We all hoped that yesterday would bring us a little joy. West Brom whetted our appetite with their blend of heroism and outrageous good fortune and if Palace could dish out more of the same and Spurs defeat an under strength Man City then we were on course for a fantastic bank holiday. Alas that script was torn up and replaced with one all too familiar. I have to hope and believe that the players aren’t affected by the same sense of anti climax that Sunday’s results have draped over me. I know many people were celebrating St Totteringham’s eve after our so called rivals inept attempt to scrape even a draw yesterday. Indeed it does seem an awfully long time ago that the annual gibberish about a shift in power was being spouted by Spurs’ delusional fans and their friends in the media. I cannot think of a single other instance of complete dominance in sport that has been so consistently misrepresented by so many supposed experts. It represents nothing more than a triumph of blind prejudiced hope over simple truth. But then when the likes of Jamie Carragher are allowed to vomit baseless nonsense about Arsenal spending more than Gazprom Fulham we shouldn’t be surprised. It was just another lie which we all know will soon be repeated by the desperate and the hateful among our fan base.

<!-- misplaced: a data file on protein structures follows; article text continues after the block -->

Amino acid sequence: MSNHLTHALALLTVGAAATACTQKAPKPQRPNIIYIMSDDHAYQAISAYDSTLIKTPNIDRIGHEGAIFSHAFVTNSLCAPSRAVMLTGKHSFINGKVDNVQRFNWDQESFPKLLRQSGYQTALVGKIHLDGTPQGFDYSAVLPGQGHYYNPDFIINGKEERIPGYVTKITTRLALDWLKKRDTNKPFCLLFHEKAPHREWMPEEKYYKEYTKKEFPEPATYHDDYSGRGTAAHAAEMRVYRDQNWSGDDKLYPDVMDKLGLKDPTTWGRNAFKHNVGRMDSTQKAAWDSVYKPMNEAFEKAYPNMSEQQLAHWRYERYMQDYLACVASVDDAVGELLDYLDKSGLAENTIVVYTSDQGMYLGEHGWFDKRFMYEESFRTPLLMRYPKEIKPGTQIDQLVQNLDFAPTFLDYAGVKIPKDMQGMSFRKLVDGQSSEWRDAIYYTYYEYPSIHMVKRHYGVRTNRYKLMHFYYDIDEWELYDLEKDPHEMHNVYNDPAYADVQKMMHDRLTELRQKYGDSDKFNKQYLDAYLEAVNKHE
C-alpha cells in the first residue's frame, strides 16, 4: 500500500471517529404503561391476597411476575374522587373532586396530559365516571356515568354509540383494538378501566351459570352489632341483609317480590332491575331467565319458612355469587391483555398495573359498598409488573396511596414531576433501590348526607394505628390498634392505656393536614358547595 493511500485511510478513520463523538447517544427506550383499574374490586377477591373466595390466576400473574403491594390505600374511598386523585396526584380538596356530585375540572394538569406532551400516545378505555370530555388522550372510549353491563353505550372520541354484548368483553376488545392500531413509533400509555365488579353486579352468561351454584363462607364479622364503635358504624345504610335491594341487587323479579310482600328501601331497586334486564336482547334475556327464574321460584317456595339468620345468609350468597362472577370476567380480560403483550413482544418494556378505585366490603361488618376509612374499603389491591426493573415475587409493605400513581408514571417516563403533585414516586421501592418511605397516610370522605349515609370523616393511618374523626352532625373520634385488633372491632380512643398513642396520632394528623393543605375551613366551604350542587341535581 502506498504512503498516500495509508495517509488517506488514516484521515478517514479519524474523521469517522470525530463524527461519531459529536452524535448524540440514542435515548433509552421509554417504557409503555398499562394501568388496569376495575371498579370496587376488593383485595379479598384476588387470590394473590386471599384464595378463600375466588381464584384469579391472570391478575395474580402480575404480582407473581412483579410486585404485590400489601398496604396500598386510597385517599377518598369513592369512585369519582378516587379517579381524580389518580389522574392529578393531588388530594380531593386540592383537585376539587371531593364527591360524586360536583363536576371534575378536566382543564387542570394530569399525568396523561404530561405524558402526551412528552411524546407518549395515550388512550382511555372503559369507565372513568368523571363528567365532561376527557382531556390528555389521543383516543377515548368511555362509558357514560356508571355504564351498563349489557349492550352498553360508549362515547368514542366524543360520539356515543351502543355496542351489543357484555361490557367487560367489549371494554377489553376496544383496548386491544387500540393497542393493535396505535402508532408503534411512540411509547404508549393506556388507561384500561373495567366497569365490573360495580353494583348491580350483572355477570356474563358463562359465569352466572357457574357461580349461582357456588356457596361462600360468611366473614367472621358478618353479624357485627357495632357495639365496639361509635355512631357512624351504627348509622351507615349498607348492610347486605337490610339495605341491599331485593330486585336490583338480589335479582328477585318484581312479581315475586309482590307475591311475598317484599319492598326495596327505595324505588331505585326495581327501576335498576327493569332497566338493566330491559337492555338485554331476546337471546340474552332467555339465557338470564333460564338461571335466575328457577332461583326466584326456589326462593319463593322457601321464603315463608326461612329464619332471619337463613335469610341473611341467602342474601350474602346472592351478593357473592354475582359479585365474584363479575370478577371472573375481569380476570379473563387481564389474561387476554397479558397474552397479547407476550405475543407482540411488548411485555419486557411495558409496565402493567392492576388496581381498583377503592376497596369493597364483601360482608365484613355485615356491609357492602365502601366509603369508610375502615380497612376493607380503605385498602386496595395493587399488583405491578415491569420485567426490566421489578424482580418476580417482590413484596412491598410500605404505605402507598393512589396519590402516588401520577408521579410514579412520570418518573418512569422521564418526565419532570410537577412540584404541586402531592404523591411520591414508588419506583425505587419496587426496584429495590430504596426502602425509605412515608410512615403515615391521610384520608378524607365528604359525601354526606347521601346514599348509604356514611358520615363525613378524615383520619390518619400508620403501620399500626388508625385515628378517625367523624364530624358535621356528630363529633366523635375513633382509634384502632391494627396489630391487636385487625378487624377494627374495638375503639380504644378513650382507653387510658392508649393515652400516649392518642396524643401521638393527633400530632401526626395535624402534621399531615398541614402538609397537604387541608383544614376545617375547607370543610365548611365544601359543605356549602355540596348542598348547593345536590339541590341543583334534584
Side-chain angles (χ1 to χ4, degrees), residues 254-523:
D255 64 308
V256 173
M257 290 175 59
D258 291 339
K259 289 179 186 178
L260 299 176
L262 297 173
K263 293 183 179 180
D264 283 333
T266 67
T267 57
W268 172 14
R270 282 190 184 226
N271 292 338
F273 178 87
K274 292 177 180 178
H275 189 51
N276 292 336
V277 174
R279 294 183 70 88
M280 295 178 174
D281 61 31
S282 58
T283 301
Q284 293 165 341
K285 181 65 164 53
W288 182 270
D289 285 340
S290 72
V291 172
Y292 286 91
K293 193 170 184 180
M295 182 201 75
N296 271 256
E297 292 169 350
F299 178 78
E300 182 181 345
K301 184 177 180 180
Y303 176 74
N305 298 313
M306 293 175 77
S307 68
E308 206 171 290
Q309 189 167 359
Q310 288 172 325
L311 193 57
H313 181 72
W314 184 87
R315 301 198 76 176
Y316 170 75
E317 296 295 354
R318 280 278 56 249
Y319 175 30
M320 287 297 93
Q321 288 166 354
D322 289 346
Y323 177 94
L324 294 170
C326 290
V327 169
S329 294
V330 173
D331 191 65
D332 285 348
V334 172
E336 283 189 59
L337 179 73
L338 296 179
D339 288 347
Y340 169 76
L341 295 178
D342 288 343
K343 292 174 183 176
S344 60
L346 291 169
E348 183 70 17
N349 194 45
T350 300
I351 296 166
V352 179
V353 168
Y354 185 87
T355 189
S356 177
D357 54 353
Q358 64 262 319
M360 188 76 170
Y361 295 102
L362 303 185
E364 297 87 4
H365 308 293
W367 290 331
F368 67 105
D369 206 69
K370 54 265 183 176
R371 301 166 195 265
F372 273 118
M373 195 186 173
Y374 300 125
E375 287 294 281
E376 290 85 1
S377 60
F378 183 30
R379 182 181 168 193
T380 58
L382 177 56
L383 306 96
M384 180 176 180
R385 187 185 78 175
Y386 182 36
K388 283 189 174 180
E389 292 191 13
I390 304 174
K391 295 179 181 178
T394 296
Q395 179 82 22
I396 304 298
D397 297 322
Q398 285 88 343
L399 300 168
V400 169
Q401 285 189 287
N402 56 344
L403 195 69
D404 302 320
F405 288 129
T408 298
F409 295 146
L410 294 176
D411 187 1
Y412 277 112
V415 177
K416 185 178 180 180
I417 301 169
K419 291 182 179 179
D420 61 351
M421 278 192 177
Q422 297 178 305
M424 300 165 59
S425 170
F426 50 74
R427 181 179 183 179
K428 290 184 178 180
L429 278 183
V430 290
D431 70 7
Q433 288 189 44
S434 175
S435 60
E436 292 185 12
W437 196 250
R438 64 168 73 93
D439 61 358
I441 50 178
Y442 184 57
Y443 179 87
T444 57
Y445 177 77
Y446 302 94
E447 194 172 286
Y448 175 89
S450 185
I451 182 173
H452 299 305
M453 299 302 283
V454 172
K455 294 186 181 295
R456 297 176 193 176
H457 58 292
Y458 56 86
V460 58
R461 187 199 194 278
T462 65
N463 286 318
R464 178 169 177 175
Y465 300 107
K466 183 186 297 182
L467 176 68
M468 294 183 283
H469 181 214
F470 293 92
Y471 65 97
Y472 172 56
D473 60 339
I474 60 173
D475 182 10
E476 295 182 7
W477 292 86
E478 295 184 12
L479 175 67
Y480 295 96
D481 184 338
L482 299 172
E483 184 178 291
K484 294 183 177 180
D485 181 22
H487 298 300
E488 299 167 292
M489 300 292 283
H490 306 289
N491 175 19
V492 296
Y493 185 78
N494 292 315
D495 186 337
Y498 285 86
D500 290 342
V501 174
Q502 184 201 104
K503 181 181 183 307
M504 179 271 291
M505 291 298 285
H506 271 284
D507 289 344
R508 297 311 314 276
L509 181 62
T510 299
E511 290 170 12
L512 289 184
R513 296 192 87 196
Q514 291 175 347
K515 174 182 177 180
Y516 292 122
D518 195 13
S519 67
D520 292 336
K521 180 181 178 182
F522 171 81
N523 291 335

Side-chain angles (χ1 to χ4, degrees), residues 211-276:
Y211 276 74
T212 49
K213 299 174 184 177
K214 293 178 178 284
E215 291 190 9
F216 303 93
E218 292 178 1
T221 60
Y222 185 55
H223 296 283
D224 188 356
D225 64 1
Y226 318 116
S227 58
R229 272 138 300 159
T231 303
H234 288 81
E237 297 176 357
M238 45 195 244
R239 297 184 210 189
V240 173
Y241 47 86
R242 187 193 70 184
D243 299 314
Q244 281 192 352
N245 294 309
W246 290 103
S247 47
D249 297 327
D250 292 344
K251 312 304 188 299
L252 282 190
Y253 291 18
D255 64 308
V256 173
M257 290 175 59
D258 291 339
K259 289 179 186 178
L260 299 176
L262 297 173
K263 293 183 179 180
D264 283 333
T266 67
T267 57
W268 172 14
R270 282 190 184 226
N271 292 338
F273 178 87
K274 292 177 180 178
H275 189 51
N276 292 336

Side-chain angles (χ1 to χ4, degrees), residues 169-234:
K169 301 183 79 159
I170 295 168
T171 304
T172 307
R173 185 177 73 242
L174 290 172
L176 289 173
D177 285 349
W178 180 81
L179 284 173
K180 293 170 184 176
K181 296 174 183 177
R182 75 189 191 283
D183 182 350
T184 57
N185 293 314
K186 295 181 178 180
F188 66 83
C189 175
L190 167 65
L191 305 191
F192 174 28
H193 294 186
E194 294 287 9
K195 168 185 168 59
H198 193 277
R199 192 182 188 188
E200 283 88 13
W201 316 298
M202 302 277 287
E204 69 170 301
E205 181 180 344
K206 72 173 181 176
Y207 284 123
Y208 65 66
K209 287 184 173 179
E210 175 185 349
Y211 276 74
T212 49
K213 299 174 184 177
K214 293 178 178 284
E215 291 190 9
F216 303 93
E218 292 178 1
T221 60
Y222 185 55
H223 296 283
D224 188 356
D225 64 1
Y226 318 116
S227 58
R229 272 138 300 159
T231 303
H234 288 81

Supporters may anticipate St Totts with their usual good natured fervour but for the players and manager there is still much work to be done. Finishing above even one of the financially doped clubs is still a hell of an achievement and one well worth fighting for. There would be no shame in finishing beneath both of them, of course not. With their obscene expenditure they ought both to romp home every time. Arsenal shouldn’t really have a prayer of finishing above either of them but if we can do so then along with another cup final appearance we can surely count this season a success. And that’s before we get onto the nature of the mountain we’ve had to climb. I’m not referring just to the sheer volume of injuries we’ve suffered, it is more the way the curse has struck at such inopportune moments. Look at Aaron. Just as an example. We were all saying how he had at last rediscovered his scoring boots and the very next game he was out again. Alex Oxelaide-Chamberlain had just started to show the confidence and skill which suggested he was about to realise his potential when he was injured. Then he recovered and exactly the same thing happened again. We have had, in the past few weeks, a glimpse of an Arsenal side with an unremarkable number of both injured players and of players newly released from the doctors care. Just look at what that side has achieved. Give Arsène one season with no more than the normal level of mishaps that any club might expect and you never know, we may be aiming one place higher than we are this year. For now though let’s focus on testing Steve Bruce’s magnanimity to the full and let’s see if we can’t force him to be gracious in defeat just one more time.